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AspeQt for OSX

2 years ago i started to transfer my old Atari 800 XL software from the 28 years old “5,25 disk to ATR images on my laptop. But i was never happy with the setup using a windows program in a vm to do the transfer. I found AspeQt which is opensource, but it did not support OSX. So i started to add an serial driver with OSX support to it. And then forget about it. Till recently when i got an email from the AspeQt maintainer Ray who asked about the state of my github repo. Since i want OSX support in the mainline, i picked the lastest version of AspeQt to update my repo, which already got a little stale. Then i found out that is a pain in the ass to run QT4.8 on Maverick, there is no offical package and building from source you end up in patch hell.

So i decided to move my branch of AspeQt to QT5.2, which was pretty straight forward.

QtCreator is not a great editor but does the job

QtCreator

QtCreator

AspeQt on OSX

AspeQt on OSX

AspeQt on OSX

Found some cool stuff on my disks

Software from the 80ies

Software from the 80ies

Meet my new project Userlike

Its not that i have been kind of lazy about blogging the last year, its just i didn’t to anything on my side projects like SNES hacking or the like. I quit my day job last year and started founding my own Company Devcores. Last Summer i began coding our first SAAS wich entered the beta phase last december. Lets meet Userlike. It’s a webbased live chat system targeted for online shops. It SAAS and can be added with one line of javascript to your website. We are in private beta right now and plan to release the first public version with the next 2 month. If you want to test it, drop me a line and i will get you an account.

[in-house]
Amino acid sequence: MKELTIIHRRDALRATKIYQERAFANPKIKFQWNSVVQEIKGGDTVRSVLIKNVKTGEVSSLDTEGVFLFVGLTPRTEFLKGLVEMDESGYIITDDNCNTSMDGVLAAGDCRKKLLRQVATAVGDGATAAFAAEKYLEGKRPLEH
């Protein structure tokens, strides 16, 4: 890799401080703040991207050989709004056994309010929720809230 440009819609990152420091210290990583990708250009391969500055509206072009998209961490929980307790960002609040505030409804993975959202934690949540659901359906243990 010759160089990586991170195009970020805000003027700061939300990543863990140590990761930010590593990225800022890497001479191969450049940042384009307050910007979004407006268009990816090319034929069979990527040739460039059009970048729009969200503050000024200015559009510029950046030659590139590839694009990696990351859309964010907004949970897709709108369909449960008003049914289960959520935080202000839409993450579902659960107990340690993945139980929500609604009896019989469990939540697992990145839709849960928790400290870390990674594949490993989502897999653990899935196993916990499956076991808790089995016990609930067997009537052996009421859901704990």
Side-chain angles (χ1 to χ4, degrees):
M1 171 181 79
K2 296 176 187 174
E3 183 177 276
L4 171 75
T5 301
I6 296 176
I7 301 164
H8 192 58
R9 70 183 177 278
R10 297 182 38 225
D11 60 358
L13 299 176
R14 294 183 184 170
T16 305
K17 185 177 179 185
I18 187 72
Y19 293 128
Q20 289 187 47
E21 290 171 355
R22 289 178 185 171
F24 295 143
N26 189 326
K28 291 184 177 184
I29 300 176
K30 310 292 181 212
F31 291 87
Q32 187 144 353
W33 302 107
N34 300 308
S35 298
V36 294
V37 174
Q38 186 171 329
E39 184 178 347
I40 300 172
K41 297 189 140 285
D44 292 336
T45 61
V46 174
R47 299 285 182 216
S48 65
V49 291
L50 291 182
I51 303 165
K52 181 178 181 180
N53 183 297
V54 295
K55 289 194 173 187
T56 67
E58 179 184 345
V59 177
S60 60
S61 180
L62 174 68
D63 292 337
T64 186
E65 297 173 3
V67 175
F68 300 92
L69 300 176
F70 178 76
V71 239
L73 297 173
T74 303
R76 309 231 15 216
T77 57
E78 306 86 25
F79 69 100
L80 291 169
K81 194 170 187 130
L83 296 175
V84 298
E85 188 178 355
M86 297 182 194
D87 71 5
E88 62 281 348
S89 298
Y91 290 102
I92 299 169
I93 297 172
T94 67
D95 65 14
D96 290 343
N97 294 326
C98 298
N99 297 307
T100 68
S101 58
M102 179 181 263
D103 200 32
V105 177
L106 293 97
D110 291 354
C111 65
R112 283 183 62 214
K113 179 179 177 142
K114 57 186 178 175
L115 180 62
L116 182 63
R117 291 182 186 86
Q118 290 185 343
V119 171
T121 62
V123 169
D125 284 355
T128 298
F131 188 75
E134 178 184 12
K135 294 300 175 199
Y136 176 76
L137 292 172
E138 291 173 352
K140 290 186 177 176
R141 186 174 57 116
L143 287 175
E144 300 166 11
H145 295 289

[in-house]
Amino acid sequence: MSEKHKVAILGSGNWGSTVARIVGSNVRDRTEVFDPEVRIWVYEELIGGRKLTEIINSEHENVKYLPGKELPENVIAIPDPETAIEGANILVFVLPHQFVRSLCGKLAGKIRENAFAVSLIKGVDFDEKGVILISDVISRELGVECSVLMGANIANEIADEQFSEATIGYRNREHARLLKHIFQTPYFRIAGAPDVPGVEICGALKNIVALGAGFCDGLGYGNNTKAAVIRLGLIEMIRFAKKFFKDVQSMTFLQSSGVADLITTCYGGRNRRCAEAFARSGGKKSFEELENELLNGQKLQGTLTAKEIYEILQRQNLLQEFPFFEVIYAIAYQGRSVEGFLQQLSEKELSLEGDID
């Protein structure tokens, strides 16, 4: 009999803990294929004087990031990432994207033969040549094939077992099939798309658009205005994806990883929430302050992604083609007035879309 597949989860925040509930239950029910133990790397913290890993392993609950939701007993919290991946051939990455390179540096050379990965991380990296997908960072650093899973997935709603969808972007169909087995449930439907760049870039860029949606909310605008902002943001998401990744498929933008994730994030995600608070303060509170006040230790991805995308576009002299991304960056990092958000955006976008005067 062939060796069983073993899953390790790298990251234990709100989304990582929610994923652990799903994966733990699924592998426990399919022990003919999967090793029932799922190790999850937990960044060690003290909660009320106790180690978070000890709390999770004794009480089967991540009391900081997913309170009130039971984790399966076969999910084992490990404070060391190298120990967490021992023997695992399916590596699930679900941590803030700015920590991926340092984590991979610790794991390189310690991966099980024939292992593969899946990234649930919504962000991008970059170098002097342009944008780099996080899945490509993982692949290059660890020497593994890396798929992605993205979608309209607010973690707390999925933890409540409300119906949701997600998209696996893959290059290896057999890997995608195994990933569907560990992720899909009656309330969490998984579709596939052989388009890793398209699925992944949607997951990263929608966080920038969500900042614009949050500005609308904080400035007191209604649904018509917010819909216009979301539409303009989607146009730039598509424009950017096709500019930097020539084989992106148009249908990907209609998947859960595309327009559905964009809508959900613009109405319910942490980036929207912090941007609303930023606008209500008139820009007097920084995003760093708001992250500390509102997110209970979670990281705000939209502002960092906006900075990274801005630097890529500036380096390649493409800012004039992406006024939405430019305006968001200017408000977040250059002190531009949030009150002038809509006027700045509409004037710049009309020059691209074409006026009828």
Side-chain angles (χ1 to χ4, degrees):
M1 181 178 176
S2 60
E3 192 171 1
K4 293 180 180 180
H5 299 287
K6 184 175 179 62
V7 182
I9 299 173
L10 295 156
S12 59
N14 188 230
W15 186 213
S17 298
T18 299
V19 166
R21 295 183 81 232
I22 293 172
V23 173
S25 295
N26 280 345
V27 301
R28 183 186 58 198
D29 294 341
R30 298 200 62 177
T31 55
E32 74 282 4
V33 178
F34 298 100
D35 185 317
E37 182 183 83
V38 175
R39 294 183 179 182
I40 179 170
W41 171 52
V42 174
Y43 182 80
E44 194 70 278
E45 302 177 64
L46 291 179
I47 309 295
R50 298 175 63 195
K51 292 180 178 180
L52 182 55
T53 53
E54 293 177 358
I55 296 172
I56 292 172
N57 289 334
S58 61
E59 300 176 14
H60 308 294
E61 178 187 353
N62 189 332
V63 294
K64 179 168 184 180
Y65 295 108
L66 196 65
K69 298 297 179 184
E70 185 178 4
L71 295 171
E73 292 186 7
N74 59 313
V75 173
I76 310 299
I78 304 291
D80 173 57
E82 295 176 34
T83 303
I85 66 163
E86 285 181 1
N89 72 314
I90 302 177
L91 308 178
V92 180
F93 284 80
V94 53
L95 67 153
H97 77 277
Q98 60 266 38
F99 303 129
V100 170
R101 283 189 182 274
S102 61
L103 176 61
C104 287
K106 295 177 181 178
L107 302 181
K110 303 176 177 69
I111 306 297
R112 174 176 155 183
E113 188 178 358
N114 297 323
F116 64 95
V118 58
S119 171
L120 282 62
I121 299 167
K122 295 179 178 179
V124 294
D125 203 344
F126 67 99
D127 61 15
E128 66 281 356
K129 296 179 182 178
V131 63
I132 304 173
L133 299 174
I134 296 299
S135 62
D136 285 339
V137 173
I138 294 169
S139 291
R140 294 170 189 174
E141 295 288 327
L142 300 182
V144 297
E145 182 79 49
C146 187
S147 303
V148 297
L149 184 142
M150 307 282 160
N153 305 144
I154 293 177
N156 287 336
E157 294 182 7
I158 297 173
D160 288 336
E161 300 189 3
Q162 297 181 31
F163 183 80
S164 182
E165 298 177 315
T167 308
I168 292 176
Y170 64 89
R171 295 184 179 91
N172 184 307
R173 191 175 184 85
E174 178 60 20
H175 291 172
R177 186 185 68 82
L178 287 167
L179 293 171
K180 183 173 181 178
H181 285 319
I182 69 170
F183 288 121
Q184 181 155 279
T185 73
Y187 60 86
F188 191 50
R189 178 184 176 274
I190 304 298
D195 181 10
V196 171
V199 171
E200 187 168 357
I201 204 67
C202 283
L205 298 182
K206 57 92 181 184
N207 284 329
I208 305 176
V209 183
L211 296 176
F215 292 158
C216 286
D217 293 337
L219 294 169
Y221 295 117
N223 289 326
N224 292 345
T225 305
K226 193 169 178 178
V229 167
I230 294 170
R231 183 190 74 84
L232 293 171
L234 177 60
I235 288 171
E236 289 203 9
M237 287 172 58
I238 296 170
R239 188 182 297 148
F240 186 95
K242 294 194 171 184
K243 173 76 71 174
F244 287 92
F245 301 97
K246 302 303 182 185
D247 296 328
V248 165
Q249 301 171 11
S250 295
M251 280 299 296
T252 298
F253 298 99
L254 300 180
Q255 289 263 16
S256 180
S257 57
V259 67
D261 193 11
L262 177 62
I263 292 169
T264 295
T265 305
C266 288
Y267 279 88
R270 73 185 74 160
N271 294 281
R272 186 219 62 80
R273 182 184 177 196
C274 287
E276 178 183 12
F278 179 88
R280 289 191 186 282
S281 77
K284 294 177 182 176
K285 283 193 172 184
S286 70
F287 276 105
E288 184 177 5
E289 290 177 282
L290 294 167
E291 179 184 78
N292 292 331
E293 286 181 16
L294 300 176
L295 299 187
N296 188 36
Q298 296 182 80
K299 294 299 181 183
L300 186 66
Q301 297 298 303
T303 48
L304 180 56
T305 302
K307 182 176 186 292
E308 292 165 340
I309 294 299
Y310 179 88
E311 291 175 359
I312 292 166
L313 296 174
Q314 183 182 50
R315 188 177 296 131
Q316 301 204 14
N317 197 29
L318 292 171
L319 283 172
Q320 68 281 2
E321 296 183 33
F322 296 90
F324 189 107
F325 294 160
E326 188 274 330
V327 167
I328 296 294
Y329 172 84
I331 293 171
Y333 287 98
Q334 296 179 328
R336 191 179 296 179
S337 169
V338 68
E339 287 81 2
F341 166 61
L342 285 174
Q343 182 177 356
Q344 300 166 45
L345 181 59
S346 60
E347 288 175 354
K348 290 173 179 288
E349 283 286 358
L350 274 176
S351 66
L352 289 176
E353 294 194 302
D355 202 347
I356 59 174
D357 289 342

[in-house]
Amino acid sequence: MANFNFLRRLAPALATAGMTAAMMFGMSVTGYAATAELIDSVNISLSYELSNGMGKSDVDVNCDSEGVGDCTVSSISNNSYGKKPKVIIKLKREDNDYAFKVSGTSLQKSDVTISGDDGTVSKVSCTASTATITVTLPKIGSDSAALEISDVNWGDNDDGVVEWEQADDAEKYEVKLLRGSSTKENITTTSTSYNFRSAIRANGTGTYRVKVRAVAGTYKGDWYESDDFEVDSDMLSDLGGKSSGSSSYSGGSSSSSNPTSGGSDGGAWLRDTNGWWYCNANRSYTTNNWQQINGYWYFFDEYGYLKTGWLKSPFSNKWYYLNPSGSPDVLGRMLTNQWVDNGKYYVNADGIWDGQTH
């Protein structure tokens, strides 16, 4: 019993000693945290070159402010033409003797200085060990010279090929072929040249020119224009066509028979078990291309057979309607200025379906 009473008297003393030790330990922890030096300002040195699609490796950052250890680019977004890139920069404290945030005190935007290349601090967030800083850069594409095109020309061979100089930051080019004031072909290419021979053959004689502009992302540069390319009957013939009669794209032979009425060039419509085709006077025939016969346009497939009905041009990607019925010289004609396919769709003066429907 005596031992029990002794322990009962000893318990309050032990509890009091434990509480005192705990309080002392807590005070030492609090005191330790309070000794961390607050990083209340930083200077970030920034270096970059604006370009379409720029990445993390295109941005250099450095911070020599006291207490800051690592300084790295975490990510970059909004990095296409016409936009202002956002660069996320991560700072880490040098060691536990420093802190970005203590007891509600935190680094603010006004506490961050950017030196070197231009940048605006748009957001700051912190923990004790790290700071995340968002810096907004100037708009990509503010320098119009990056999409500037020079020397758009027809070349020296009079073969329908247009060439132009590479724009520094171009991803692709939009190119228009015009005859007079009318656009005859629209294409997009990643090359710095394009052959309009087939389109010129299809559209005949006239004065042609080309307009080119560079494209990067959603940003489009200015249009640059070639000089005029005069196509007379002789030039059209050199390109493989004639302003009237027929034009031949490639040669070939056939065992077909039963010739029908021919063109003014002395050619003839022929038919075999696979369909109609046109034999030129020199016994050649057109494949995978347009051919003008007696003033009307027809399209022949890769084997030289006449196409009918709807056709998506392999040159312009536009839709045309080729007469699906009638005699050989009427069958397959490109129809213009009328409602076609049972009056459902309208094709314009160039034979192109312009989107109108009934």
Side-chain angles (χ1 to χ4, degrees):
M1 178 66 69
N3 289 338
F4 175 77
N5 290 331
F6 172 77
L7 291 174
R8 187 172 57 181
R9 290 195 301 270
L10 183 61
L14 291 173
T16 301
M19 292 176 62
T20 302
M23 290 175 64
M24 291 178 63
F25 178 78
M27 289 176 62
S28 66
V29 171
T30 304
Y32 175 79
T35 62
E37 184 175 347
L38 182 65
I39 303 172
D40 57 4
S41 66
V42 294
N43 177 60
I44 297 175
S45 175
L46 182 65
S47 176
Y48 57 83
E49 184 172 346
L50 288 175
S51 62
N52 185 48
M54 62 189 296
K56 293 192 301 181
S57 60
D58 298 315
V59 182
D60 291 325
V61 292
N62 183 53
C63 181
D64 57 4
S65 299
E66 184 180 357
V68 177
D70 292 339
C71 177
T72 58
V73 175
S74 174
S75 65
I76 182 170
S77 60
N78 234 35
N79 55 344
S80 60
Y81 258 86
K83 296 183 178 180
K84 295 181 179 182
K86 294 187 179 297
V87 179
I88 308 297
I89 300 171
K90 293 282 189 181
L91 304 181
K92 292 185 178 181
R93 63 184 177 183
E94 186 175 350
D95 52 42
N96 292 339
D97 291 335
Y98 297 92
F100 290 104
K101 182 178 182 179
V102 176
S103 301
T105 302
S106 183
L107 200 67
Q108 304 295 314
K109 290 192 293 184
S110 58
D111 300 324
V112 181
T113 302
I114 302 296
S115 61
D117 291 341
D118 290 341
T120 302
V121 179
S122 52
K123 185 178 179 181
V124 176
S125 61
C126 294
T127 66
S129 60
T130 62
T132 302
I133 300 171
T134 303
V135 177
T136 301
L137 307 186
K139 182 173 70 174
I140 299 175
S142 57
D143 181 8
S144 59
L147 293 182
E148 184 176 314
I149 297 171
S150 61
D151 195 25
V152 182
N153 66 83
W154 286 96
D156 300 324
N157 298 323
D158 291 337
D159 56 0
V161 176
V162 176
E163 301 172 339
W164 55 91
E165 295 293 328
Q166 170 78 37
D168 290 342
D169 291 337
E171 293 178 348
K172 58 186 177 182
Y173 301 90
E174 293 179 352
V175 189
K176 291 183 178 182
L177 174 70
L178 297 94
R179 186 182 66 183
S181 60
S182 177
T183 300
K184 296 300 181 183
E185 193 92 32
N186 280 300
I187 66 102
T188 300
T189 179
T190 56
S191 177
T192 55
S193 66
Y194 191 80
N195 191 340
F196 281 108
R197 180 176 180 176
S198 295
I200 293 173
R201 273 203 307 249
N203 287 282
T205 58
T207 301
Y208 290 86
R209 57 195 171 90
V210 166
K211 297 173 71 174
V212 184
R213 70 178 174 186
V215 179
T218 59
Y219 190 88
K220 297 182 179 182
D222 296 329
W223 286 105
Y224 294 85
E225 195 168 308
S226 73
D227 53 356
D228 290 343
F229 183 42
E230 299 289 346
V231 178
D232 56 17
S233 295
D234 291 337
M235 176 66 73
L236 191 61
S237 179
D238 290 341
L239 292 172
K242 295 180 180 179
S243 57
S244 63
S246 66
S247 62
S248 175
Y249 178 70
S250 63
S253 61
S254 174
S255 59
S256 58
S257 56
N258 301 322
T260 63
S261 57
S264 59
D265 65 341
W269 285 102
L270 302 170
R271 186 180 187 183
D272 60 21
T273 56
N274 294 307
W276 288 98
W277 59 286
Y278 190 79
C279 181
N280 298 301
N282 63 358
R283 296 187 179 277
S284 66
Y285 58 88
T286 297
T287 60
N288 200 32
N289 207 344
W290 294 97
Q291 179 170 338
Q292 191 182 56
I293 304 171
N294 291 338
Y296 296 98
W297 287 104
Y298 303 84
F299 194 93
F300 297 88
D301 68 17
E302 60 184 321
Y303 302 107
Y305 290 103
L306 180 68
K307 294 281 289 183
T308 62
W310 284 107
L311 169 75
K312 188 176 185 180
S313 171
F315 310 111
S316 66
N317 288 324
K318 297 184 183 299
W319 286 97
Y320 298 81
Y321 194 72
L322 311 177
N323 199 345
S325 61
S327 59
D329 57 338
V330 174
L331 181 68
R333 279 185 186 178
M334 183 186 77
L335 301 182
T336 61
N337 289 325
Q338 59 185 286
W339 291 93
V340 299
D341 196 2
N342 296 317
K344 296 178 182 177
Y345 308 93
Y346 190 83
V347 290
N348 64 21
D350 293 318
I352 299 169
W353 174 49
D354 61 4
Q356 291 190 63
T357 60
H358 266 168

Userlike

Quickdev2 Progress

After building the quickdev16 in the summer of 2010 we decided to work on a 2nd version off the quickdev16, which we called quickdev2. All this work was done in the summer of 2010 but i never got around to finish the project nor to blog about it. So here is a little overview: